Defence scientists are studying the impact of load-bearing equipment as the first women prepare to start training for infantry units. The recruits will be expected to pass the same rigorous tests as their male colleagues at the Army’s Infantry Training Centre in Catterick. Studies show female hearts and lungs are 25 percent smaller and bone density thinner, raising the likelihood of stress fractures in legs and hips.
However, there has been an increase in musculoskeletal injuries among all soldiers.
The Project TrainHer trial is using the latest technology to measure the volume of oxygen and blood that an average woman can pump around her body compared with a man. Due to conclude in 2021, it is likely to suggest backpacks designed to recognise physiological differences.
Female-specific backpacks are already available commercially. Manufacturers such as Osprey say packs feature “ergonomically shaped hip belts” and specially adapted shoulder straps, neck support and back plate.
The Armed Forces would be one of the first to reject “one-size-fits-all” packs.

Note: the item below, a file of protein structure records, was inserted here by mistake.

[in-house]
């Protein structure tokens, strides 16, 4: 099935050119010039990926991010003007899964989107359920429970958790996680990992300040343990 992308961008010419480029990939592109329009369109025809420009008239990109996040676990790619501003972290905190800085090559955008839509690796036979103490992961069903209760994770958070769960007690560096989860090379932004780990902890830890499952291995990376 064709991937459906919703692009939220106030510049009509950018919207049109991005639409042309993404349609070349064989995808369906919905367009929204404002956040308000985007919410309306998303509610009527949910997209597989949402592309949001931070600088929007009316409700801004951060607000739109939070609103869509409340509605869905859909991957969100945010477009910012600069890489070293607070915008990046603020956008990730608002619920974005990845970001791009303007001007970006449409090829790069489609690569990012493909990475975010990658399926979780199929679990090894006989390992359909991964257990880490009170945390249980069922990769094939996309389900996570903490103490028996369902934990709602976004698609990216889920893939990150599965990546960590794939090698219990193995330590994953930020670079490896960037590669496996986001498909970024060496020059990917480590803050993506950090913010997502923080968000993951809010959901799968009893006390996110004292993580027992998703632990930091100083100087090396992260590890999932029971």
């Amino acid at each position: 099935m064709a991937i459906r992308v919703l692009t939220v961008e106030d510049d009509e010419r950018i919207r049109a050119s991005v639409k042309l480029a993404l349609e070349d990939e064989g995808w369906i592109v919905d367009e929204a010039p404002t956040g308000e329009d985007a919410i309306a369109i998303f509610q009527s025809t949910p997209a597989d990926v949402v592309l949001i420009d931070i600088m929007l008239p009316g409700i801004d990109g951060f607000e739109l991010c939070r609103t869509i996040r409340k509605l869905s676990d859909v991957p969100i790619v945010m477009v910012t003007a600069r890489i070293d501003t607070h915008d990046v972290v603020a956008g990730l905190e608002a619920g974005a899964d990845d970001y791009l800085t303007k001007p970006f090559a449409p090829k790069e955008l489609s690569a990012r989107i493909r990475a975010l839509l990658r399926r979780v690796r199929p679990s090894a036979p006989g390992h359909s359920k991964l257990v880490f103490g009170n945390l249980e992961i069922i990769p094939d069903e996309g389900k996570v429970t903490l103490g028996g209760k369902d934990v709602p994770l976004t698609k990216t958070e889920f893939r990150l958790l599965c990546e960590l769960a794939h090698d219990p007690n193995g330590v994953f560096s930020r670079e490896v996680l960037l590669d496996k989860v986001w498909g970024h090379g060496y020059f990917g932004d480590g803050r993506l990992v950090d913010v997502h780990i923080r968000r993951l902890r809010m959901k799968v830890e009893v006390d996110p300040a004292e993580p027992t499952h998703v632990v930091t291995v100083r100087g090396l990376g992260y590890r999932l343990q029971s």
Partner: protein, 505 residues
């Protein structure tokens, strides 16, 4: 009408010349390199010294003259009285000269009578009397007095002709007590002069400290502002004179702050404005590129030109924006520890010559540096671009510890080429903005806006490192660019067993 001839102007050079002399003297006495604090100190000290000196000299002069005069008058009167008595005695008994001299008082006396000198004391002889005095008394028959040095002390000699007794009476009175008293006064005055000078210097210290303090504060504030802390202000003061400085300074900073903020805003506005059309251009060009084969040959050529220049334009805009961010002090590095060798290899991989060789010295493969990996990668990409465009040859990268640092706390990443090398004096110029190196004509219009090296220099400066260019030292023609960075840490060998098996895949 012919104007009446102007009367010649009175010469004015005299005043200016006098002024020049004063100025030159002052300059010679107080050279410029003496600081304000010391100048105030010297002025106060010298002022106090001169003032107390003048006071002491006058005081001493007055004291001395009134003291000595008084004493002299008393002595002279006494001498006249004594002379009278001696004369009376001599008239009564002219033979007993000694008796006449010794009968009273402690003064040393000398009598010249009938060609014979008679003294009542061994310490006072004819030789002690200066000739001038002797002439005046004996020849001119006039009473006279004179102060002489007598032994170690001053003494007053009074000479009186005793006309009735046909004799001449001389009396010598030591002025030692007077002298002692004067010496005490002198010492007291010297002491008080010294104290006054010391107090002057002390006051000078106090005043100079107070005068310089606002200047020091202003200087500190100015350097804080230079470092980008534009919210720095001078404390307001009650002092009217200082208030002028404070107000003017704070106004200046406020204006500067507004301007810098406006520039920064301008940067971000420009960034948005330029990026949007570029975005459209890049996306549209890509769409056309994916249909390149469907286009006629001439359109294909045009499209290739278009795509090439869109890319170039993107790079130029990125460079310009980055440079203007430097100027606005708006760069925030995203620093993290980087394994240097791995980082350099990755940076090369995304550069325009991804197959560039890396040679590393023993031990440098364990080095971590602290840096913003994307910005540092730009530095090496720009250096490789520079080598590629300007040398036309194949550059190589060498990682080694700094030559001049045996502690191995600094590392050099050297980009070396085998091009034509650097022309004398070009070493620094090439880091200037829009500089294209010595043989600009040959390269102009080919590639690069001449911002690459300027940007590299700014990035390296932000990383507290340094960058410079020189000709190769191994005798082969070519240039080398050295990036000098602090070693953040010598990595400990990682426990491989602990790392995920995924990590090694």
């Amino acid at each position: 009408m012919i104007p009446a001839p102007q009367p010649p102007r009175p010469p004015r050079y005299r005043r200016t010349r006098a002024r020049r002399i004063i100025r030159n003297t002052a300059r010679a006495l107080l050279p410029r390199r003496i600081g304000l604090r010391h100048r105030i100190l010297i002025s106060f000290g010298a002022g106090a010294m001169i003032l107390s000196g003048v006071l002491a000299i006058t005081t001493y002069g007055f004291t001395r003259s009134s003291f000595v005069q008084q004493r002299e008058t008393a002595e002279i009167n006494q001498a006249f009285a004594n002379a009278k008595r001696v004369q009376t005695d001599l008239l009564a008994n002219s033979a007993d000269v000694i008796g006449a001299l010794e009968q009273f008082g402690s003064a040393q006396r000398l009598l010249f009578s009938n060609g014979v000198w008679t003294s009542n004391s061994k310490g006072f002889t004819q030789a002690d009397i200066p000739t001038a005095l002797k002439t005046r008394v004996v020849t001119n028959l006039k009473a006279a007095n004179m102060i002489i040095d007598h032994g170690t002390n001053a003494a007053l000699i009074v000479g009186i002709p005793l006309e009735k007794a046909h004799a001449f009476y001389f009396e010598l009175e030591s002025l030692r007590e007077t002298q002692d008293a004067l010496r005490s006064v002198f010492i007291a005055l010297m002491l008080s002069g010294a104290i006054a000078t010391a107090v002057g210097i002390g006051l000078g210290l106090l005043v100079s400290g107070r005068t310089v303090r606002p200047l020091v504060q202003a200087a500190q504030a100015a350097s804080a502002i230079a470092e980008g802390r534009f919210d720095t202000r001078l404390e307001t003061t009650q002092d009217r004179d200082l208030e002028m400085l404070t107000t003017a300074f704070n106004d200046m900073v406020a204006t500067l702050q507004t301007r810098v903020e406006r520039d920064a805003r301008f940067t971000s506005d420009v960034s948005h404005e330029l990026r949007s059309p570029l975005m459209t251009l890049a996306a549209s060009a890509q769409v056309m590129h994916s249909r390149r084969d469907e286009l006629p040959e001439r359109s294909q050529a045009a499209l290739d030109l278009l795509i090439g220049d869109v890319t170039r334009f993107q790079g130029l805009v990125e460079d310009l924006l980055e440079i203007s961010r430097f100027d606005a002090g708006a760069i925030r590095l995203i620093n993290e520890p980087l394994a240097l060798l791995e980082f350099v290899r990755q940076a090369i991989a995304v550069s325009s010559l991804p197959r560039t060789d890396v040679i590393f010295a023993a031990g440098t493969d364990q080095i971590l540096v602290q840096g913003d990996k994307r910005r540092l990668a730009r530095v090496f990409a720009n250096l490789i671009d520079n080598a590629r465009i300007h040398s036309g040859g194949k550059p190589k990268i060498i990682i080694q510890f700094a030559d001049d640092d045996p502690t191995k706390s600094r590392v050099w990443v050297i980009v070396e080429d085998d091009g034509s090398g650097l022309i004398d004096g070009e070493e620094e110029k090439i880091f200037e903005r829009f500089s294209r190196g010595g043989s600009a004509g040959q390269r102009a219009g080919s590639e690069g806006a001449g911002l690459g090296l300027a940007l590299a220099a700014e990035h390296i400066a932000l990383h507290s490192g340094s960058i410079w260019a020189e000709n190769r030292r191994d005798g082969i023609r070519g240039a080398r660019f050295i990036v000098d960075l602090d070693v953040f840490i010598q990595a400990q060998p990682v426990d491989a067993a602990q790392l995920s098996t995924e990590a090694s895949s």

The average weight carried by British soldiers in Operation Herrick, Afghanistan, was 123lb. It is common for soldiers to privately buy more expensive models once in their units but most injuries occur earlier in basic training.
Ministers changed the regulations so that from 2018 women could serve in close ground combat. Many of the first volunteers have come from those already in the Army.
More than 500 questionnaires have been sent out to women who had to carry a backpack and kit during their training.
In the US, more than 160 women have successfully passed rigorous tests to serve with Airborne and US Marine Corps and Special Forces units though they are not issued with special backpacks.
A senior member of the Ministry of Defence evaluation team said: “At present it is a one-size-fits-all and the design does not necessarily suit the female shape.
“Of course some cope, but we need to be a bit more intelligent about the kit we procure in the future as women sign up to join the infantry.”
He said they will look at changing the centre of gravity of the backpack as well as diet and women’s calcium intake.
TrainHer and TrainHim are part of a six-year, £20million programme to optimally train, feed and protect the health of Army personnel.
Last night, minister for military personnel and veterans Johnny Mercer said: “In order to address the threats we face, we must continue to adapt our Armed Forces, making best use of cutting-edge science and research.”
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